This will be available for consumers in the second half of 2010 and some time earlier for developers.
Well, if you impatience triggers and you can't wait so long, here is something that may help you cope with it.

This video demonstrates a cult thin client google chrome edition software booting straight to a Google Chrome browser.

IMPORTANT: This is not Google Chrome OS and is not related in any way with Google.

The main idea behind cult google chrome edition is to move everything to the cloud, even the operating system and configuration. This started as a cult stress test, which is a platform to further develop and customize thin clients Operating Systems.
cult google chrome edition it's initially targeted at thin clients, however it can be used by other classes of hardware and virtual machines as well. Using network boot, provides a platform to run Google Chrome browser too, but avoiding OS installation.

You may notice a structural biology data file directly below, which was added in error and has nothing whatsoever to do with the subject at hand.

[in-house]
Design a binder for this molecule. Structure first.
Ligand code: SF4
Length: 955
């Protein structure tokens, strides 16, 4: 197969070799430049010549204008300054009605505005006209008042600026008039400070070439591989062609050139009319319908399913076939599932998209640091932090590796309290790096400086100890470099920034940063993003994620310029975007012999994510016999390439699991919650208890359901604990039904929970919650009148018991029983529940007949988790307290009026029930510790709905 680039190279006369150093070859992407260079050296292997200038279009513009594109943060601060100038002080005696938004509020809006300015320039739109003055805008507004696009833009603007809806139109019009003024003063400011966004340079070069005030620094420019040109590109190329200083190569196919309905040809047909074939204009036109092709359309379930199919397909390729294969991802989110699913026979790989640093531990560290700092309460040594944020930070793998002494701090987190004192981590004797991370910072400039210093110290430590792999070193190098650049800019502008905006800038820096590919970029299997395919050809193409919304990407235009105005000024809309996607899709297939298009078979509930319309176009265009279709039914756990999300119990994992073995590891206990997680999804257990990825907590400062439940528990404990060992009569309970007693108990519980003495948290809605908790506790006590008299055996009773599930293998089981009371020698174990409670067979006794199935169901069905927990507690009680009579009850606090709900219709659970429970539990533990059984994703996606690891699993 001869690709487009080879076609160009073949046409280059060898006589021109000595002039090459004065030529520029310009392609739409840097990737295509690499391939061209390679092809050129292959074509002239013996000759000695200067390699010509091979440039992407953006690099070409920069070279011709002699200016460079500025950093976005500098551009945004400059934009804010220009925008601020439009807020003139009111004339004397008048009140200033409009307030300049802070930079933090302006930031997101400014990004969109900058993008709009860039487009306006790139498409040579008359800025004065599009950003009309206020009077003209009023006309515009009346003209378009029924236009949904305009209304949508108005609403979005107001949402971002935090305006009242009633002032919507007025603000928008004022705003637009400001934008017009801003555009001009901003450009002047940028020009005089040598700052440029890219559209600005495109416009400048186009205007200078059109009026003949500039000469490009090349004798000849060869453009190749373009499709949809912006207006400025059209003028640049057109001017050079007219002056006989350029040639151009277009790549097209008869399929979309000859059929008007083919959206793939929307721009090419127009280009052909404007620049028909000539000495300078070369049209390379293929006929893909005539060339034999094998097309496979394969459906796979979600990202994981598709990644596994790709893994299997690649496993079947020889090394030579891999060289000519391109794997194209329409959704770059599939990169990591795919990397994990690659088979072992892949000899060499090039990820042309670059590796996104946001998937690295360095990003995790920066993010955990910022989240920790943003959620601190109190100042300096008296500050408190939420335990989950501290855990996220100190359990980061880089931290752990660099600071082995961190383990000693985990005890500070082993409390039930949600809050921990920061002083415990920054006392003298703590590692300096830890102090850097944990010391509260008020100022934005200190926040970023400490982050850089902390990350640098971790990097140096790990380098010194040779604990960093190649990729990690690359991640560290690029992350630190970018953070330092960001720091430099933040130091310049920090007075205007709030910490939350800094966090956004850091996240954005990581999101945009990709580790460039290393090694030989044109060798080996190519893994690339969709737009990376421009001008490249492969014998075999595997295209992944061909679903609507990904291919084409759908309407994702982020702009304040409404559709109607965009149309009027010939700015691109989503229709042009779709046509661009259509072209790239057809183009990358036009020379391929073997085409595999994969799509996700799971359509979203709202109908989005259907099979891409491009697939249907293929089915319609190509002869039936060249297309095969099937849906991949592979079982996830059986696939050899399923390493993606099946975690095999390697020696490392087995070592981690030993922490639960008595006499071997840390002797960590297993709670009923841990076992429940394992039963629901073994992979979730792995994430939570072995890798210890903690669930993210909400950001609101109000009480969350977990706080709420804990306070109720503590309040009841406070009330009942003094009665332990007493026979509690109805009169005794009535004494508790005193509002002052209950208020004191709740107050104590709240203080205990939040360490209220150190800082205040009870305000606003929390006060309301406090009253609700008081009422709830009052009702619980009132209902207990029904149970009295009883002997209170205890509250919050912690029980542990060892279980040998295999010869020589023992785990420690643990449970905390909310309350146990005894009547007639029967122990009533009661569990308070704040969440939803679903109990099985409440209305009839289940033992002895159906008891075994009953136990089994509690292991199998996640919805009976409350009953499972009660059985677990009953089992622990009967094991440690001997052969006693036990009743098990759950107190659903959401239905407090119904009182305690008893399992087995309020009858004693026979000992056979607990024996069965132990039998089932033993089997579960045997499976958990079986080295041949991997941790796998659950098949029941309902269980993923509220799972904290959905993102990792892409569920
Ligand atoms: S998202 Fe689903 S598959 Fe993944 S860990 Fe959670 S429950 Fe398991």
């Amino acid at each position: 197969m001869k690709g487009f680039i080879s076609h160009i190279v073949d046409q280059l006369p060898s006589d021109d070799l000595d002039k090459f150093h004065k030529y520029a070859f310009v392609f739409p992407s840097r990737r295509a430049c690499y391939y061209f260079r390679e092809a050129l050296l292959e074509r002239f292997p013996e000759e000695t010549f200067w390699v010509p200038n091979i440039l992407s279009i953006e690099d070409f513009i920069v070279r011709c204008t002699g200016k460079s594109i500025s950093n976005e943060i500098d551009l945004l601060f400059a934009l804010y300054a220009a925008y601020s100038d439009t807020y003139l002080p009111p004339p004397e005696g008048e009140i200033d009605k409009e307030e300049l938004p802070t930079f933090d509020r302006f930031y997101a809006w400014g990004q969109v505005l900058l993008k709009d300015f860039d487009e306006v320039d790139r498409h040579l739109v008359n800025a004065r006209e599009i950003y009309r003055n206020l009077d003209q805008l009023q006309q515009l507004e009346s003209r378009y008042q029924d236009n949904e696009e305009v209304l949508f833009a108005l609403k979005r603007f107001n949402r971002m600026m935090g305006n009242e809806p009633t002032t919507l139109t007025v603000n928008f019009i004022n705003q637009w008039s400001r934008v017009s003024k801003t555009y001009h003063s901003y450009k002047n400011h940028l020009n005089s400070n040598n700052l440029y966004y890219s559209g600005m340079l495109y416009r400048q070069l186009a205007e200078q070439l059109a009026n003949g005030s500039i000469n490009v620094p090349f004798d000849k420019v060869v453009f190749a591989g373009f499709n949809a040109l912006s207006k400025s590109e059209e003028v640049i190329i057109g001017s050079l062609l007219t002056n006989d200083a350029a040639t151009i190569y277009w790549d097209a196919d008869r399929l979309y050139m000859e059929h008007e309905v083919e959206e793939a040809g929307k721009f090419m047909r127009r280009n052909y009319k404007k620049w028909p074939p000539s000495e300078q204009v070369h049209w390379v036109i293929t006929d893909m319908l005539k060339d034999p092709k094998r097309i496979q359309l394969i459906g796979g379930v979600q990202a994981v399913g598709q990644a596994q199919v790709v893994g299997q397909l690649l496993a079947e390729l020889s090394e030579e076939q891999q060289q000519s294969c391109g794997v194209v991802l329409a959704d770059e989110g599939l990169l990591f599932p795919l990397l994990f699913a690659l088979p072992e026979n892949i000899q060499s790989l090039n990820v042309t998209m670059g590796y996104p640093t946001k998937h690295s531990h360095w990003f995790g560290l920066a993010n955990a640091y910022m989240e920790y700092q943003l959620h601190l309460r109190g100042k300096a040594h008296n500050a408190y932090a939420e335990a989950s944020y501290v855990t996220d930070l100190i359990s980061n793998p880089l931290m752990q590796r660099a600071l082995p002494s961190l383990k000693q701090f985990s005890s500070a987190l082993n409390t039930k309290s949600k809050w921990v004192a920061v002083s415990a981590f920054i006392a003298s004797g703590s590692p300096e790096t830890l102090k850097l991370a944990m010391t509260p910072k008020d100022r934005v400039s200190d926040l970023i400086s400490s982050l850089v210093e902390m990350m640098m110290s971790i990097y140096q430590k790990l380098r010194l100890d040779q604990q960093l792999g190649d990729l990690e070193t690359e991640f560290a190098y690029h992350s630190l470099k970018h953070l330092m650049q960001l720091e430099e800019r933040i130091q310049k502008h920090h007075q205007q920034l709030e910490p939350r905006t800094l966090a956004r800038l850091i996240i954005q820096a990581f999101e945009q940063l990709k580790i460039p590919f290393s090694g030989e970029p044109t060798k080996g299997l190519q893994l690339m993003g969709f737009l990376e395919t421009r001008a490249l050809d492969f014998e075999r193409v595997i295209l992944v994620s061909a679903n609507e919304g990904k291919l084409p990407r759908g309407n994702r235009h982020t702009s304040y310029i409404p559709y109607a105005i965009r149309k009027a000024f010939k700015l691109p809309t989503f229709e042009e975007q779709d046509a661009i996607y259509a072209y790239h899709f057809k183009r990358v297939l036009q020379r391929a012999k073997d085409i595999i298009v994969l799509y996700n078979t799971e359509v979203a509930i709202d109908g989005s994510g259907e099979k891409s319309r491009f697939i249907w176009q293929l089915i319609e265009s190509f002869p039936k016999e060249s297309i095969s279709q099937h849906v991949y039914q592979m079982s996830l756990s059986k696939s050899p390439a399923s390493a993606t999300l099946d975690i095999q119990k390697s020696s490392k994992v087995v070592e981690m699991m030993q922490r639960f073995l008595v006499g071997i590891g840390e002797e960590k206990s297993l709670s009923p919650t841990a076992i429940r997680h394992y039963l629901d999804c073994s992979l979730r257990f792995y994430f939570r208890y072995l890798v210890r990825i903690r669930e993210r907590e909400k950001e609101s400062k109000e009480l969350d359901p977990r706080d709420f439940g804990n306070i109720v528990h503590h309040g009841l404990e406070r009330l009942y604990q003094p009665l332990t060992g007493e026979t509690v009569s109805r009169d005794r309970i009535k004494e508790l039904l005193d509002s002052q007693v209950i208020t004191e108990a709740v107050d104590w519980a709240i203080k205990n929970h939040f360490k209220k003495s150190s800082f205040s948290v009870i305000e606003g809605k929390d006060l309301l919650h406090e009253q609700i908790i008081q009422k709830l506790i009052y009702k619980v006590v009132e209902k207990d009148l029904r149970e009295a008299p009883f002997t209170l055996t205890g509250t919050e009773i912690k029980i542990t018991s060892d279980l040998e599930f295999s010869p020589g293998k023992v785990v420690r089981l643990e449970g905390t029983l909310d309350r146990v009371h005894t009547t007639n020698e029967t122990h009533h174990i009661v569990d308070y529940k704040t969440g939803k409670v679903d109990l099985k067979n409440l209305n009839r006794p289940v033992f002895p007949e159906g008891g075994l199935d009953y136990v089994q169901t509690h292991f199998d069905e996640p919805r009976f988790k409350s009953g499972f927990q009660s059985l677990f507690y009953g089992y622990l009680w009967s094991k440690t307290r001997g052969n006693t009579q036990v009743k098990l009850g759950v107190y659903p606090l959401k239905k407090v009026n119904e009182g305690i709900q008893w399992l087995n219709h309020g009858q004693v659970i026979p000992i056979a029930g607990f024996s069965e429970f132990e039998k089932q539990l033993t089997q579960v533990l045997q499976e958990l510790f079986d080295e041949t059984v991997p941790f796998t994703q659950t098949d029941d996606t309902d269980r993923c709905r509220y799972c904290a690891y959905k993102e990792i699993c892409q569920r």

To achieve this goal cult google chrome edition is kept as small and fast as possible.

An early preview, as showed in the video, containing the most fundamental features but there's still a lot to be done.
A LiveCD/LiveDVD ISO image (only 35MB) is available for download. This same image can also be used to network boot thin clients, PCs or virtual machines as explained in the documentation.
Download it from http://sourceforge.net/projects/cult-thinclient/files/cult-classic-custom/cult-google-chrome-edition/cult-3.1-classic-custom-tiny-google-chrome.iso/download, enjoy it and send you comments and suggestions to improve future versions.